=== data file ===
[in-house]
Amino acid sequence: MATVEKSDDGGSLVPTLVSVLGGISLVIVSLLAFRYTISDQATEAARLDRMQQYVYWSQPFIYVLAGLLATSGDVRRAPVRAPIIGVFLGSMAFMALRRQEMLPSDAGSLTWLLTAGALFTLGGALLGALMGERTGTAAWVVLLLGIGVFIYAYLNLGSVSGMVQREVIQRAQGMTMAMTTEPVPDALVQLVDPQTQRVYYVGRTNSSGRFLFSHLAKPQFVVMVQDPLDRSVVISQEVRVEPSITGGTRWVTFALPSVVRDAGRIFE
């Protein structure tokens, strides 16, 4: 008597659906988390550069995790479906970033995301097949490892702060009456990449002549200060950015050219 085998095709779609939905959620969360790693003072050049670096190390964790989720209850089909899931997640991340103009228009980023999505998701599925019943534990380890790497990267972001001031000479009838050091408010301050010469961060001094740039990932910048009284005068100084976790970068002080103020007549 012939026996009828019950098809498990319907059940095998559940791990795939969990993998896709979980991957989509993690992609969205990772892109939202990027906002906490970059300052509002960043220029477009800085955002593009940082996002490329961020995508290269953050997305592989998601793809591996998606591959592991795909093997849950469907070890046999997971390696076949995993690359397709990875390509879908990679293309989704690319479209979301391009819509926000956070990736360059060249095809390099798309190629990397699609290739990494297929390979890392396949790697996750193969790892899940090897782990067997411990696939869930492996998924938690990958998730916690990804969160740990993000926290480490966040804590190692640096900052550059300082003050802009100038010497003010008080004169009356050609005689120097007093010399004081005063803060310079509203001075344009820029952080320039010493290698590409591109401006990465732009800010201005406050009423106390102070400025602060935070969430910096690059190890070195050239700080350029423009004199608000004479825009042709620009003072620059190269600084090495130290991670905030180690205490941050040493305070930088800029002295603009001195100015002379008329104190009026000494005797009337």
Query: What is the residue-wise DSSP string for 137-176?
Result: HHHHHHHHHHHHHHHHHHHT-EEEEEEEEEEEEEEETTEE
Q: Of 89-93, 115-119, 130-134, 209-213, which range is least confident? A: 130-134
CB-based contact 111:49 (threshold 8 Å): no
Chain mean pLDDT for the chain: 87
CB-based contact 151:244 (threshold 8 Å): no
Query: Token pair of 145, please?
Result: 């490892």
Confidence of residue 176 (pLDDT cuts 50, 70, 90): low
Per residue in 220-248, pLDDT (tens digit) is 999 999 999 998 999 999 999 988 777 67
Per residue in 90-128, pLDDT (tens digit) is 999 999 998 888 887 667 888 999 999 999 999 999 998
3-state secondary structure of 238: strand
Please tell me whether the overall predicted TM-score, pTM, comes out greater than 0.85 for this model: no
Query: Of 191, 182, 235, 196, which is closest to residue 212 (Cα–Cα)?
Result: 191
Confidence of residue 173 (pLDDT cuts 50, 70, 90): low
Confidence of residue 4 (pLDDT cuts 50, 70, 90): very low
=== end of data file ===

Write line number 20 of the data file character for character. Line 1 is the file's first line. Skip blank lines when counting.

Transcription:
Confidence of residue 4 (pLDDT cuts 50, 70, 90): very low